The primary goal of this website is going to be to connect families all over the globe that have been affected by this illness.  I believe that together we can become more knowledgable about the best treatment and care for our children.  My hope is that we can come together as a community to support each other, education each other, and share research.  There are still some details to work out but the website will be live shortly.  If there is anyone that would like to help or has any ideas or suggestions for things they would like to see on this website please leave a comment and let me know. 

The website will have a forum where we can all ask and answer questions, which is the most immediate need to most families right.  I have more ideas that I would like to have happen on this site but will need more time to work on them.  I have decided to get the website live as soon as possible to that we can start sharing information immediately, and the site will get more sophisticated as time goes on.  Please stay tuned for more information.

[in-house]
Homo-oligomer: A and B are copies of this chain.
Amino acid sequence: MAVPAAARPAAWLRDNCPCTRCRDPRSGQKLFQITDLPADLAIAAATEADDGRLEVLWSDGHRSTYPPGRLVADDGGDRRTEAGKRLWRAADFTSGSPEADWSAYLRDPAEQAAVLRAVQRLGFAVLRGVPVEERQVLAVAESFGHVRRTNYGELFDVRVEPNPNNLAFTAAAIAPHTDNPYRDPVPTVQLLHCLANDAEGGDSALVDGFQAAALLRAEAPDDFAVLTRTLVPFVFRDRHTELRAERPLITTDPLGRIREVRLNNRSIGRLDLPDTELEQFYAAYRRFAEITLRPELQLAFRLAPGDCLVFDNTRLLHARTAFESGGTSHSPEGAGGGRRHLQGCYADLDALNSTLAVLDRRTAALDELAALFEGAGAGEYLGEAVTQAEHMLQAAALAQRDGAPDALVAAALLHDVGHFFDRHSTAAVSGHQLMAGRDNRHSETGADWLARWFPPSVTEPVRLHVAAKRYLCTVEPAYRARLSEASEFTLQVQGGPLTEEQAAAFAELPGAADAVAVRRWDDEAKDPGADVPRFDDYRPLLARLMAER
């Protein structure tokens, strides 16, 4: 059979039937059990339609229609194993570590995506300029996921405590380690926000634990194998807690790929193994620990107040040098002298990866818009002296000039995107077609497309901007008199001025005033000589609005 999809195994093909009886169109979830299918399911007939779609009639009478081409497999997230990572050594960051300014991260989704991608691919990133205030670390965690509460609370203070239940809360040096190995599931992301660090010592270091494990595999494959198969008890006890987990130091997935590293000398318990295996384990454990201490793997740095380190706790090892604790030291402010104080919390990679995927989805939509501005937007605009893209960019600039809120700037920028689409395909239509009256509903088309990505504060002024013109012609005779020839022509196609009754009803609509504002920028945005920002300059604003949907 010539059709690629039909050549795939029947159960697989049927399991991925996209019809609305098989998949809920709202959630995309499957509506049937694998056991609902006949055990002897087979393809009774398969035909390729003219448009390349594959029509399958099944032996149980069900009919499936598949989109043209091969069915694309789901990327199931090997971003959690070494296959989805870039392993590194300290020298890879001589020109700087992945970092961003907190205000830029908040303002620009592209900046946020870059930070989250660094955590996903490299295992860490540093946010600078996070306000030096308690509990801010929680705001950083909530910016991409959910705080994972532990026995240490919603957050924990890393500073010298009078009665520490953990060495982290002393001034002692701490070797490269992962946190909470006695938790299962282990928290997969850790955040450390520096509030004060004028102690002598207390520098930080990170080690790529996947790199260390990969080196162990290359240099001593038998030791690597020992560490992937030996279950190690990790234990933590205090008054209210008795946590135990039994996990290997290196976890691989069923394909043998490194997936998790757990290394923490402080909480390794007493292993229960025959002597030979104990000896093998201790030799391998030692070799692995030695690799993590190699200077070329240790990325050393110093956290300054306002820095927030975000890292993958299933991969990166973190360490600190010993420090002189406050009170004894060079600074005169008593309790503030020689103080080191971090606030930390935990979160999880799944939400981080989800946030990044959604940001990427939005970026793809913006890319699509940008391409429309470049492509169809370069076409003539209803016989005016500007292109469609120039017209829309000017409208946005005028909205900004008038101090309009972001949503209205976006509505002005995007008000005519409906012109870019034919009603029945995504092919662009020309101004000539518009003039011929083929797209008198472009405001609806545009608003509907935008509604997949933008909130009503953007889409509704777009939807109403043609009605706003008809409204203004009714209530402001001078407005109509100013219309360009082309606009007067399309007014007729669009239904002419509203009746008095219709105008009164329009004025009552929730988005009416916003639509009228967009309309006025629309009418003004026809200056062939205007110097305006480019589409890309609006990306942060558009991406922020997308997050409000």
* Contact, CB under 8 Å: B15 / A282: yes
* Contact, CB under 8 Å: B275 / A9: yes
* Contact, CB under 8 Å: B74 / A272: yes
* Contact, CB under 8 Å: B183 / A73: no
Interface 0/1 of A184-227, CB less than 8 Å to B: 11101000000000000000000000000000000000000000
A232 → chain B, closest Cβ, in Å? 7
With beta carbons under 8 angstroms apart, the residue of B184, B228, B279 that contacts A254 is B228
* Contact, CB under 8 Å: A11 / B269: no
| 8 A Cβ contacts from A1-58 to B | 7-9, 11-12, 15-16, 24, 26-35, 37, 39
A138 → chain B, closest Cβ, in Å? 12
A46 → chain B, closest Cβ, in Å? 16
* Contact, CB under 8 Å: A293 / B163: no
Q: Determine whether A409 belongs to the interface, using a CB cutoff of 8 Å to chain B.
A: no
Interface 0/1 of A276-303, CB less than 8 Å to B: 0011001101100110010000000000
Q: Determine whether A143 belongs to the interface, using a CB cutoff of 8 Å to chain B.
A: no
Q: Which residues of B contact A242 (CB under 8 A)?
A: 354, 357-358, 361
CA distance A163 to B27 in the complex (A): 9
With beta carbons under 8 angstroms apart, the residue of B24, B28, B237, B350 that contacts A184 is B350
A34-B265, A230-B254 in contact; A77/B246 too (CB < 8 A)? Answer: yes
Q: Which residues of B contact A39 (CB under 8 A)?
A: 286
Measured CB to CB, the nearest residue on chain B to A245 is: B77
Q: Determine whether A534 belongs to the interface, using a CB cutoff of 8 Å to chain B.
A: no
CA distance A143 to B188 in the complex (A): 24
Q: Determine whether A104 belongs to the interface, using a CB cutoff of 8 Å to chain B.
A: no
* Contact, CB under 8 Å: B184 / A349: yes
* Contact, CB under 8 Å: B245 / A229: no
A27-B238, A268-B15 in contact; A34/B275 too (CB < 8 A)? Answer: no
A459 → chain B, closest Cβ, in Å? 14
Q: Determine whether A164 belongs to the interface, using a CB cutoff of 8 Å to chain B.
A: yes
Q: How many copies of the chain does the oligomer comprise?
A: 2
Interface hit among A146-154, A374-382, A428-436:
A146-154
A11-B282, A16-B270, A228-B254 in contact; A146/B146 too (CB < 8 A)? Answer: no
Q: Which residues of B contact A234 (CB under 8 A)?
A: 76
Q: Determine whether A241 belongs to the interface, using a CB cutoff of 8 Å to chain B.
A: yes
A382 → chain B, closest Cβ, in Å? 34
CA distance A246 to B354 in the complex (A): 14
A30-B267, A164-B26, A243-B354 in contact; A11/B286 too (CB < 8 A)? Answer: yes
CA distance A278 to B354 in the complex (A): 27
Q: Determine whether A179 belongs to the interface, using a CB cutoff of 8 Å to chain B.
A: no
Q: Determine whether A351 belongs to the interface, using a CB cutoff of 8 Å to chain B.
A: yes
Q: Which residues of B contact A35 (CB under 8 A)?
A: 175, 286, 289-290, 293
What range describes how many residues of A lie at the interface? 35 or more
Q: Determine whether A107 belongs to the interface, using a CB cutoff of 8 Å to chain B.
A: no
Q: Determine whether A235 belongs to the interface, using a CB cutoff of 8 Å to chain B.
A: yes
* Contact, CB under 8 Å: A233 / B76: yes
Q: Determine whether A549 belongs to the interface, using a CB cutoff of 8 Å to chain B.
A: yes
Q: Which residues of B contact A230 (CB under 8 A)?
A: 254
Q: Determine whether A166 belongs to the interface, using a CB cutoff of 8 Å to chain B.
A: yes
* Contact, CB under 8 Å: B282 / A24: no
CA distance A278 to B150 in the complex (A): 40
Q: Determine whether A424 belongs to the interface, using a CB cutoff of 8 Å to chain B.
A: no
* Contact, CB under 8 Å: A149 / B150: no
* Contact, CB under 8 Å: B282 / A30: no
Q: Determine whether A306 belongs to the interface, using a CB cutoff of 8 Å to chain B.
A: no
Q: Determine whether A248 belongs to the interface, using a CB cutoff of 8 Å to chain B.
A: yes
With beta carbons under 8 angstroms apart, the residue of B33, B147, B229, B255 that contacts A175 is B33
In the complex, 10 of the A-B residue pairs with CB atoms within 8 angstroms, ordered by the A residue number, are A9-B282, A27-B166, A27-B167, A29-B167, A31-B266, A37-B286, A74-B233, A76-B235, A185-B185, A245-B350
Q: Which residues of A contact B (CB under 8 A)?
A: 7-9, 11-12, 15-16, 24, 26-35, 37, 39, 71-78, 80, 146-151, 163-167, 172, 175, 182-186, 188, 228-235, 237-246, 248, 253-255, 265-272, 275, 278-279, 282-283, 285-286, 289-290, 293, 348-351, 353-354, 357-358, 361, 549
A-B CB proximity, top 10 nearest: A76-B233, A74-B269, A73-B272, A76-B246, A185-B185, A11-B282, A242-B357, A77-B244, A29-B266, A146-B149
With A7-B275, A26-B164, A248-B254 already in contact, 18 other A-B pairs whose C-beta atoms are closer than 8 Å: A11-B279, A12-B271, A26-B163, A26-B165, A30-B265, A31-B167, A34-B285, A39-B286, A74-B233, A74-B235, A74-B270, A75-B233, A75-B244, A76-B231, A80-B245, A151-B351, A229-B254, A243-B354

AV Valve Repair update.

For about the last 3 weeks Logan has been fighting an upper respiratory illness.


He has been battling it pretty much since we got home.  It has been disappointing to see him not feeling that well after his Bi Directional Glenn.  We were expecting to see a healthy new baby after this last surgery and instead we have a sick little Logan.  I am pretty sure he picked it up at the cardiologist’s office a couple of weeks ago.  At that appointment (the one a couple of weeks ago) Dr. Patel (whom I have a whole new appreciation for, after coming from Boston – see previous post entitled Dr. Patel saves the day!)  did an echo and said the repair looks excellent.  That is a relief, looks like the valve repair is holding up.